I feel that sufficient time has passed since Geoff pointed out the interesting Mormon bits in the first Sherlock Holmes tale, A Study in Scarlet (interestingly, the first time I ever read that story, it was in an abridged version that cut out the Mormon bits. I didn’t find out about the Mormon chapters until college). Anyway, There is one other Sherlock Holmes tale featuring Mormons.
Except that there’s no Sherlock Holmes (but Watson is there). And it’s the same tale (sort of). Read on to find out more:
After A Study in Scarlet, Arthur Conan Doyle still wasn’t aware of how popular Holmes would become. He also wrote for the stage, and like any good writer, he stole from himself – and thus he wrote a stage play called “The Angels of Darkness.” This basic plot of the play (which went unpublished until 2001, as Doyle set it aside once he realized that there was something more to this Holmes character than a single novel) follows the Mormon chapters in A Study in Scarlet and few of the plot points from the rest of the book, though the entire setting is America and Sherlock Holmes never appears.
It’s clearly a product of its times. One character, Splayfoot Dick, is a “negro” who embodies many of the stereotypes of the era (a pidgin-ish dialect and laziness being the most prominent). The Asian character Ling-tchu doesn’t fare much better; the play starts with a “comic scene” featuring both characters arguing (and the comedy apparently comes from the fact they speak with non-standard dialects).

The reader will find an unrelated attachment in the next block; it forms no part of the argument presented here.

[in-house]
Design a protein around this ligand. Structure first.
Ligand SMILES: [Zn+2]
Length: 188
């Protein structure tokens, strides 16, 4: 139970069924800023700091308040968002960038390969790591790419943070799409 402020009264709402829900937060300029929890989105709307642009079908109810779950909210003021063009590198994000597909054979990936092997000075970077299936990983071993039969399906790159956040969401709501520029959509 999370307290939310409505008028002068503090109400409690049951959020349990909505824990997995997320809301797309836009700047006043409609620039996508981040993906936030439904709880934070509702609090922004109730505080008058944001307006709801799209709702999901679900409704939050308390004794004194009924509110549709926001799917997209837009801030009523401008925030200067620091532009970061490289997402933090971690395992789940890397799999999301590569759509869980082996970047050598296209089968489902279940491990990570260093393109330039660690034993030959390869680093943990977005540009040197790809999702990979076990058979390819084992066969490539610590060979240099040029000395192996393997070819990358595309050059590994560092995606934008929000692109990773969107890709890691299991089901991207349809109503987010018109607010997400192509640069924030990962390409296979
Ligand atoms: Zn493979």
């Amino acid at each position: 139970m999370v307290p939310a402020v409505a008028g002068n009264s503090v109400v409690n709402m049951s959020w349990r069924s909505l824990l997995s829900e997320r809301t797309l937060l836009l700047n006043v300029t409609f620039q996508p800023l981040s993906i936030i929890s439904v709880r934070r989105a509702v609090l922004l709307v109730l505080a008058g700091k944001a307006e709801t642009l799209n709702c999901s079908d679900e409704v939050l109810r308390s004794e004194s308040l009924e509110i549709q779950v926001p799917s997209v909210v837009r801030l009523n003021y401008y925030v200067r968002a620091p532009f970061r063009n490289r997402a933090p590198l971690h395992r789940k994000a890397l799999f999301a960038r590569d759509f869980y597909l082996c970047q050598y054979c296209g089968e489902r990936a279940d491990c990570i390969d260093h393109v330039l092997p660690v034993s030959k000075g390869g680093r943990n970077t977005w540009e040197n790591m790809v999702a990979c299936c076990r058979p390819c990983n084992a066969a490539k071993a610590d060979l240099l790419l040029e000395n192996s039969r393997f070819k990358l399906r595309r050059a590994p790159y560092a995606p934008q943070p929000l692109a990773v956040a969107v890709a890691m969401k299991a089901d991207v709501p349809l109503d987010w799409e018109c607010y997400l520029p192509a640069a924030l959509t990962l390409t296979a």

Watson doesn’t appear until the third act, and then mostly to create some romantic tension. In this play, he is in love with Lucy. However, Lucy’s (believed to have died a year earlier) lover Jefferson Hope arrives at her home, near dead after having killed one of the Danites. Watson must decide whether to treat the man Lucy loves, or let him die. Of course, Watson does the right thing, but Mr. Hope is killed by one of the remaining Danites (who is then shot in the back by a character named Smee). Dr. Watson comforts Lucy in the bloody aftermath (the final line of the play is Watson calling Lucy an “angel of light” after another character refers to the Danites as “angels of darkness.”)
The edition of this I have (in The Apocrypha of Sherlock Holmes, edited by Leslie S. Klinger) contains a photo with the following caption: “Dr. Watson (Curtis Armstrong, left), Jefferson Hope, Elias Fortescue Smee, and Lucy Ferrier (The Danite Players) in the premiere performance of Angels of Darkness August 30, 2008, Salt Lake City.” If anyone saw this or has information (or better yet – a video!) let me know. (All I can find online is a brief reference in this pdf file).
I came across this information because I am writing a chapter on canon and apocrypha in the stories of Sherlock Holmes for Open Court’s Sherlock Holmes and Philosophy (coming out sometime later this year). It’s surprising how many Holmes stories, written by Doyle, exist that aren’t in any editions of the complete works. (But that’s a separate issue and will be dealt with in my essay).